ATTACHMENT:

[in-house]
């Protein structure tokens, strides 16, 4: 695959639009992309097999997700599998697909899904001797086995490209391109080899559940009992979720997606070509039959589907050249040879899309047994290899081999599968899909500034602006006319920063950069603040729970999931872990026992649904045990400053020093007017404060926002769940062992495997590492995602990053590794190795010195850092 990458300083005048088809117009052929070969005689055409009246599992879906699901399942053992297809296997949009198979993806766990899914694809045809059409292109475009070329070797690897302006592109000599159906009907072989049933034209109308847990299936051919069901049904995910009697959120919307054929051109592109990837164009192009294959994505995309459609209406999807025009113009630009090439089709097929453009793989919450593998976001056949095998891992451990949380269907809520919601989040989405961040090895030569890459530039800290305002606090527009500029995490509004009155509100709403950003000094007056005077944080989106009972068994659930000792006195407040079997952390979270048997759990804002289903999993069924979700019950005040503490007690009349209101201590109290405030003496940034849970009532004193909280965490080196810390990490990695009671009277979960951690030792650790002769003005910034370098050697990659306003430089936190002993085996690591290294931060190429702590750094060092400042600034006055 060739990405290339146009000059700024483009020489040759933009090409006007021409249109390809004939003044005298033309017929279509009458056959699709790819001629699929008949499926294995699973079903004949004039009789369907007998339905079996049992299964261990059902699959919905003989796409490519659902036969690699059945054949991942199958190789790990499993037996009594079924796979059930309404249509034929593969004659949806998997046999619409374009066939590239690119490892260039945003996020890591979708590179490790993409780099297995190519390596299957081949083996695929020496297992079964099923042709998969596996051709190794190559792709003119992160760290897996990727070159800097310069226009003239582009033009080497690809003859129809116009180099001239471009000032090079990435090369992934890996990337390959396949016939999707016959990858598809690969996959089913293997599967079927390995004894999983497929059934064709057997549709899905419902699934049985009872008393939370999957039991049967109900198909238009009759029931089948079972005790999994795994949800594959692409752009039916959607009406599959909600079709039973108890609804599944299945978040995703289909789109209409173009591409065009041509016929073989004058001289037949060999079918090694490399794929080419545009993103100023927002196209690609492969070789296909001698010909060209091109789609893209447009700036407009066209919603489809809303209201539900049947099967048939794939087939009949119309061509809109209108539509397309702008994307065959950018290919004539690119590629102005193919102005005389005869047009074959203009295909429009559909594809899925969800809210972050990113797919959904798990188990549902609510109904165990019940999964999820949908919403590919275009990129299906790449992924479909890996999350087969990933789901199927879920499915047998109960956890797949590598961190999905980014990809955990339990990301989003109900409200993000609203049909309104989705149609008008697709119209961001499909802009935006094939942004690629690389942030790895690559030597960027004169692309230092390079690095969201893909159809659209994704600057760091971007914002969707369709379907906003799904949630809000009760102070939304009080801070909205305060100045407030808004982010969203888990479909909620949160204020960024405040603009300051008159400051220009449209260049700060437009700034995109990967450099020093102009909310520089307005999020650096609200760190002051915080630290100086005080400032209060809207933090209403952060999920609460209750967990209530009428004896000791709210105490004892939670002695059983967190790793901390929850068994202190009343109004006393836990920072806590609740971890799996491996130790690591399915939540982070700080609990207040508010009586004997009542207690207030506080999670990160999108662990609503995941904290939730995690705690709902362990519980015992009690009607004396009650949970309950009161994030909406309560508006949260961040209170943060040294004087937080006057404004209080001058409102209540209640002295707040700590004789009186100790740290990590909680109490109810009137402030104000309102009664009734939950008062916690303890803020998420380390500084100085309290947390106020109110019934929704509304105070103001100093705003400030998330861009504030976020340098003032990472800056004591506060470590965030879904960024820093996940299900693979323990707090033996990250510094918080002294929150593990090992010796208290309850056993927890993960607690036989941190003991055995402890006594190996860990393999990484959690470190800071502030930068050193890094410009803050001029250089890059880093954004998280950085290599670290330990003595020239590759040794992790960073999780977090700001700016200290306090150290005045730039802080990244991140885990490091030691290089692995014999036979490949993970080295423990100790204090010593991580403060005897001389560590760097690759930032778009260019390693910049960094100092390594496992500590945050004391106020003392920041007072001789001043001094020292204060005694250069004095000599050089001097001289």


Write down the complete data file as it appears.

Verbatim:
[in-house]
């Protein structure tokens, strides 16, 4: 695959639009992309097999997700599998697909899904001797086995490209391109080899559940009992979720997606070509039959589907050249040879899309047994290899081999599968899909500034602006006319920063950069603040729970999931872990026992649904045990400053020093007017404060926002769940062992495997590492995602990053590794190795010195850092 990458300083005048088809117009052929070969005689055409009246599992879906699901399942053992297809296997949009198979993806766990899914694809045809059409292109475009070329070797690897302006592109000599159906009907072989049933034209109308847990299936051919069901049904995910009697959120919307054929051109592109990837164009192009294959994505995309459609209406999807025009113009630009090439089709097929453009793989919450593998976001056949095998891992451990949380269907809520919601989040989405961040090895030569890459530039800290305002606090527009500029995490509004009155509100709403950003000094007056005077944080989106009972068994659930000792006195407040079997952390979270048997759990804002289903999993069924979700019950005040503490007690009349209101201590109290405030003496940034849970009532004193909280965490080196810390990490990695009671009277979960951690030792650790002769003005910034370098050697990659306003430089936190002993085996690591290294931060190429702590750094060092400042600034006055 060739990405290339146009000059700024483009020489040759933009090409006007021409249109390809004939003044005298033309017929279509009458056959699709790819001629699929008949499926294995699973079903004949004039009789369907007998339905079996049992299964261990059902699959919905003989796409490519659902036969690699059945054949991942199958190789790990499993037996009594079924796979059930309404249509034929593969004659949806998997046999619409374009066939590239690119490892260039945003996020890591979708590179490790993409780099297995190519390596299957081949083996695929020496297992079964099923042709998969596996051709190794190559792709003119992160760290897996990727070159800097310069226009003239582009033009080497690809003859129809116009180099001239471009000032090079990435090369992934890996990337390959396949016939999707016959990858598809690969996959089913293997599967079927390995004894999983497929059934064709057997549709899905419902699934049985009872008393939370999957039991049967109900198909238009009759029931089948079972005790999994795994949800594959692409752009039916959607009406599959909600079709039973108890609804599944299945978040995703289909789109209409173009591409065009041509016929073989004058001289037949060999079918090694490399794929080419545009993103100023927002196209690609492969070789296909001698010909060209091109789609893209447009700036407009066209919603489809809303209201539900049947099967048939794939087939009949119309061509809109209108539509397309702008994307065959950018290919004539690119590629102005193919102005005389005869047009074959203009295909429009559909594809899925969800809210972050990113797919959904798990188990549902609510109904165990019940999964999820949908919403590919275009990129299906790449992924479909890996999350087969990933789901199927879920499915047998109960956890797949590598961190999905980014990809955990339990990301989003109900409200993000609203049909309104989705149609008008697709119209961001499909802009935006094939942004690629690389942030790895690559030597960027004169692309230092390079690095969201893909159809659209994704600057760091971007914002969707369709379907906003799904949630809000009760102070939304009080801070909205305060100045407030808004982010969203888990479909909620949160204020960024405040603009300051008159400051220009449209260049700060437009700034995109990967450099020093102009909310520089307005999020650096609200760190002051915080630290100086005080400032209060809207933090209403952060999920609460209750967990209530009428004896000791709210105490004892939670002695059983967190790793901390929850068994202190009343109004006393836990920072806590609740971890799996491996130790690591399915939540982070700080609990207040508010009586004997009542207690207030506080999670990160999108662990609503995941904290939730995690705690709902362990519980015992009690009607004396009650949970309950009161994030909406309560508006949260961040209170943060040294004087937080006057404004209080001058409102209540209640002295707040700590004789009186100790740290990590909680109490109810009137402030104000309102009664009734939950008062916690303890803020998420380390500084100085309290947390106020109110019934929704509304105070103001100093705003400030998330861009504030976020340098003032990472800056004591506060470590965030879904960024820093996940299900693979323990707090033996990250510094918080002294929150593990090992010796208290309850056993927890993960607690036989941190003991055995402890006594190996860990393999990484959690470190800071502030930068050193890094410009803050001029250089890059880093954004998280950085290599670290330990003595020239590759040794992790960073999780977090700001700016200290306090150290005045730039802080990244991140885990490091030691290089692995014999036979490949993970080295423990100790204090010593991580403060005897001389560590760097690759930032778009260019390693910049960094100092390594496992500590945050004391106020003392920041007072001789001043001094020292204060005694250069004095000599050089001097001289």